Depreciating pound could result in influx of tourists to Britain

Britain which chose to leave EU due to immigrants will now potentially have to deal with an influx of tourists. Unfortunately, with increased tourism comes illegal immigrants.

Although Brexit’s seismic shocks have sent massive shock waves in the collective spine of many of the world’s leading economies, it appears that there is a positive impact to it as well.

Many online sites have reported a jump in queries from Americans wanting to travel to Britain since Brexit has hammered down the value of the pound, which in turn has made travel to the country less expensive.

Another site has reported that many Britons have asked about the cost of flight tickets to the United States.

Whether these queries will result in actual travel is yet to be seen.

Airlines, travel agents and hotel chains have unanimously said that it is, as yet, too early to tell whether Brexit’s impact on Britain’s tourism. Earlier, financial analysts from the Buckingham Research Group had forecasted that “Brexit” is likely to negatively impact British air tickets. On the contrary, U.S. travel agents are advising their customers to make most of the pound’s fall by booking UK trips now.

According to the Priceline Group’s Kayak, the day when Briton voted to leave the EU, U.S searches exploring fares to Britain climaxed. According to Kayak, flight searches from the U.K. to U.S. have also seen a surge of 46%.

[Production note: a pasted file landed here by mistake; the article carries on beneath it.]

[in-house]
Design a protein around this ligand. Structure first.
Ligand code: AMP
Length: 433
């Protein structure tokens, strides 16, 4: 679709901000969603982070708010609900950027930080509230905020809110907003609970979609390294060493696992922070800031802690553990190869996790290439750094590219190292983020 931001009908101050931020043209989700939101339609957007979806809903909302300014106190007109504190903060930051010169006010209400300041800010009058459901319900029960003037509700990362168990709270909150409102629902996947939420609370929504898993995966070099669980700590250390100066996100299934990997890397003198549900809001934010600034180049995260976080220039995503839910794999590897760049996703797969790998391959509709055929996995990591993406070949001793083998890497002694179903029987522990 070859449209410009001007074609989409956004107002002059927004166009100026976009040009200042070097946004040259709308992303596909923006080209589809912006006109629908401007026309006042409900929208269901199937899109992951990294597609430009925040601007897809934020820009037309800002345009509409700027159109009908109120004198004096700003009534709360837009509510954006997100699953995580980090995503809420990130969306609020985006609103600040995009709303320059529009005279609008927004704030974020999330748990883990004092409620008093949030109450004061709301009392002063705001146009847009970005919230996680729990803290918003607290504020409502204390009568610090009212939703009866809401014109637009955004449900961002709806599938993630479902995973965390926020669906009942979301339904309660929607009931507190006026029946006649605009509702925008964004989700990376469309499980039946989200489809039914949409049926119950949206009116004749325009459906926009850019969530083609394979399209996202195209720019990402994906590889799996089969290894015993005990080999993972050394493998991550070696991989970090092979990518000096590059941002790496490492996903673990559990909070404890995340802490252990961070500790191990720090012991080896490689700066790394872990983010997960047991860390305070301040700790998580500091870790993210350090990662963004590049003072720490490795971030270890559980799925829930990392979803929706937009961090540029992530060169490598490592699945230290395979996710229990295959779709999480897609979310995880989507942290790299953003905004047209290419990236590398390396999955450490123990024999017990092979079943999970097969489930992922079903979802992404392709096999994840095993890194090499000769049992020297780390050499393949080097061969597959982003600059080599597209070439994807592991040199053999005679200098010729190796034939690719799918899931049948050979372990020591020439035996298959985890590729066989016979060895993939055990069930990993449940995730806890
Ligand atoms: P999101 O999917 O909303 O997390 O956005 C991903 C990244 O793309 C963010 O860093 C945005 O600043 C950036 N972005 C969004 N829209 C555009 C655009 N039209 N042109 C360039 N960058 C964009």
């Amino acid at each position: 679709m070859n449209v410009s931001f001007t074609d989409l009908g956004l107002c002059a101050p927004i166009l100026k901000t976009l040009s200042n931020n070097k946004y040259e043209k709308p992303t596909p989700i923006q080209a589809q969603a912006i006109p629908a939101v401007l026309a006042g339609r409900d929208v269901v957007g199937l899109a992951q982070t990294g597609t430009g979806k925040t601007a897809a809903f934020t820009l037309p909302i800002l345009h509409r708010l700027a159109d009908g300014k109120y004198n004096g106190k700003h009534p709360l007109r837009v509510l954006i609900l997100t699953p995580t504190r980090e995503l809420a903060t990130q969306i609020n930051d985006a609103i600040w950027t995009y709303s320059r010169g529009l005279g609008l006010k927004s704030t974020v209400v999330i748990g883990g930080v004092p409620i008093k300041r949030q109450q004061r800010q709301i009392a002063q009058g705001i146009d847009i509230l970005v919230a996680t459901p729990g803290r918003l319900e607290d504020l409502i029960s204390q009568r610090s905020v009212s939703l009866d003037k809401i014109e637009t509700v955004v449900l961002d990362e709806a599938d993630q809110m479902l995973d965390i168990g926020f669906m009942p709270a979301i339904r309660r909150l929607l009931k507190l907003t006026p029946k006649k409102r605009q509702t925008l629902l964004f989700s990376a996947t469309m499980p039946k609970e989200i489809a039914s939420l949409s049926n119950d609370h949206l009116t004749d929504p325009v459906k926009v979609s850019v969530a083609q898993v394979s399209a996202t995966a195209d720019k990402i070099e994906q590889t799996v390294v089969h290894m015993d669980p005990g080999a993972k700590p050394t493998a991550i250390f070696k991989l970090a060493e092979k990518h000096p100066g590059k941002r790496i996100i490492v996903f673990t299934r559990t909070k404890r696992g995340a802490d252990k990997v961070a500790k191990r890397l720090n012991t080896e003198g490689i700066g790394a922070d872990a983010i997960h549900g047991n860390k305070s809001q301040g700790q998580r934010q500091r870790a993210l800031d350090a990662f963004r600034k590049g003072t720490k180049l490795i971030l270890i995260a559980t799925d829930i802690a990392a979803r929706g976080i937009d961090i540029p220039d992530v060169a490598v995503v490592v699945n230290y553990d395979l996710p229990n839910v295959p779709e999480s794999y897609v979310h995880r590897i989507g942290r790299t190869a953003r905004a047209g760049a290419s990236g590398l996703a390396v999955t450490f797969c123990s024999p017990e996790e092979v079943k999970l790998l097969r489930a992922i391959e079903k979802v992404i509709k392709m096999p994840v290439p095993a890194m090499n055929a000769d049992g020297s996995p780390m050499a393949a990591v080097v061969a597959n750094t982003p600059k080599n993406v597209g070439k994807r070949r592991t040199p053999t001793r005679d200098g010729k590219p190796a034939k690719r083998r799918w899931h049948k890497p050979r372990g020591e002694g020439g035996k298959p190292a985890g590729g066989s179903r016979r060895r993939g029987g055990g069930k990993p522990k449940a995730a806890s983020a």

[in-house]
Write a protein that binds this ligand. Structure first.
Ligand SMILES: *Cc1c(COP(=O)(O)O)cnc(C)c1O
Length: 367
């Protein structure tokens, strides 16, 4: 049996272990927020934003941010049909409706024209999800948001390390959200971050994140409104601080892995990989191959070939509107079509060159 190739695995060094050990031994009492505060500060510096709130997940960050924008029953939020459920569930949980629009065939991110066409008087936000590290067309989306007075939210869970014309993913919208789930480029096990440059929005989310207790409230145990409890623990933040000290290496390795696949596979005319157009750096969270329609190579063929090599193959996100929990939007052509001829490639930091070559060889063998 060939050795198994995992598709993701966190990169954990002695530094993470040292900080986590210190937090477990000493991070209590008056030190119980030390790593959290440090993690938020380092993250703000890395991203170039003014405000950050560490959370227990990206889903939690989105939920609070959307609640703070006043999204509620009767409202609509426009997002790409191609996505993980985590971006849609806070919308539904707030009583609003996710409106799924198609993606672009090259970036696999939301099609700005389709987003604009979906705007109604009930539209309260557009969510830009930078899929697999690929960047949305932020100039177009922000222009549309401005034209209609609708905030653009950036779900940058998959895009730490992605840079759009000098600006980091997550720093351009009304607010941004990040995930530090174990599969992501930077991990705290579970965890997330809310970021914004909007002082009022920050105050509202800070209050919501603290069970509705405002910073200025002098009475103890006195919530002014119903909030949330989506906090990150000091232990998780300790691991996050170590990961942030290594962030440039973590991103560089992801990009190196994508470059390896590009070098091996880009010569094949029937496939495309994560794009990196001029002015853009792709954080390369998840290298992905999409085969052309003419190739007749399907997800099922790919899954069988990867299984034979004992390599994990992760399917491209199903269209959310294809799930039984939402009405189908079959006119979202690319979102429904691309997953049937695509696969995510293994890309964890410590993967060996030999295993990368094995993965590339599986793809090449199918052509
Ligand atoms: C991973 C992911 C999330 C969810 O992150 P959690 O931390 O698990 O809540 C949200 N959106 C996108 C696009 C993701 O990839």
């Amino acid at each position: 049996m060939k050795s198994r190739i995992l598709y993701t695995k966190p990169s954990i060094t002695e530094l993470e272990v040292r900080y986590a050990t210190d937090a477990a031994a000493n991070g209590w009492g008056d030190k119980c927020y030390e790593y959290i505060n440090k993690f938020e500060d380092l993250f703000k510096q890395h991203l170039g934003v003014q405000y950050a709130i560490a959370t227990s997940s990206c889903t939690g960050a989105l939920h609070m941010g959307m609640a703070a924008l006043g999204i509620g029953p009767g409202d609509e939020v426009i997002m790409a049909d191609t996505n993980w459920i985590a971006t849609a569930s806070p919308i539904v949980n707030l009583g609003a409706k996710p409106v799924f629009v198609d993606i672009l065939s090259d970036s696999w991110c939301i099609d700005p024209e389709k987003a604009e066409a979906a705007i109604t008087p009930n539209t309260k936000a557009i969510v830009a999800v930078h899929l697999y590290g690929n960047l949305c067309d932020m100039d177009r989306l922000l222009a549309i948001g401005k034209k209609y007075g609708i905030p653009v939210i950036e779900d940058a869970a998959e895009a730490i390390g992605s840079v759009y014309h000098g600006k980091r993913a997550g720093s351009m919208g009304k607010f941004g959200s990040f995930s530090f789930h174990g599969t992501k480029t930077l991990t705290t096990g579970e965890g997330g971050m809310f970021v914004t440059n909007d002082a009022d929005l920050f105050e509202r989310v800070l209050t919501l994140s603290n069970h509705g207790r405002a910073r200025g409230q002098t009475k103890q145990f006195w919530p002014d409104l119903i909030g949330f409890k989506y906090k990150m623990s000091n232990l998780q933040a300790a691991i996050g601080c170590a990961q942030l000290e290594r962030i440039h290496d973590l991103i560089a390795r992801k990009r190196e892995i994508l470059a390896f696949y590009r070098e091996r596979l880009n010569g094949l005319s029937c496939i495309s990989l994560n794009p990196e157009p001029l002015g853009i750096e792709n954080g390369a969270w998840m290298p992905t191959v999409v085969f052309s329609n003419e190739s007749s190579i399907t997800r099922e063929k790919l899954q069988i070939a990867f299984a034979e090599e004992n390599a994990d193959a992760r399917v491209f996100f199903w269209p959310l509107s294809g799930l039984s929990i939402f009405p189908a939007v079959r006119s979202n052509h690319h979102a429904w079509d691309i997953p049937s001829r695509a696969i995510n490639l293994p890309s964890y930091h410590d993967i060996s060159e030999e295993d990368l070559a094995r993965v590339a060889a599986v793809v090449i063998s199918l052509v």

“Americans may want to secure a great fare, while British may be worried that higher fares will soon hit the market,” said Billy Sanez, VP of marketing at FareCompare.com when shown the Kayak data. Incidentally, FareCompare analyzes airfares.

As per Travelzoo, a search site,it saw a jump of 35.3% in travel searches from the U.S. to U.K. from June 24 to June 27; StudentUniverse, another travel booking site, saw a jump of 100% for searches flights from the U.S. to the U.K. It however did not show a change in UK-based searches for U.S. trips.

Many U.S. travel agents have reported an increase in demand for travelling to Britain, but it’s unclear whether this increased in demand will translate to actual travel plans.

According to Darcy Allen, from New Hampshire-based boutique travel agency Travel by Darcy, some clients have locked down their plans.

“They want to take advantage of the lower airfares and are willing to prepay hotels now to lock in the lower (currency) conversion,” said Allen.

If the pound continues on its downward slope, Britain could see a surge of tourists, said George Hobica, founder of Airfarewatchdog.com, a low airfare alert site that covers all airlines.

In the long term, if the British economy slows down, it could translate to a tourism boom since “everything will be cheaper.”



Categories: Economy & Finance, Strategy

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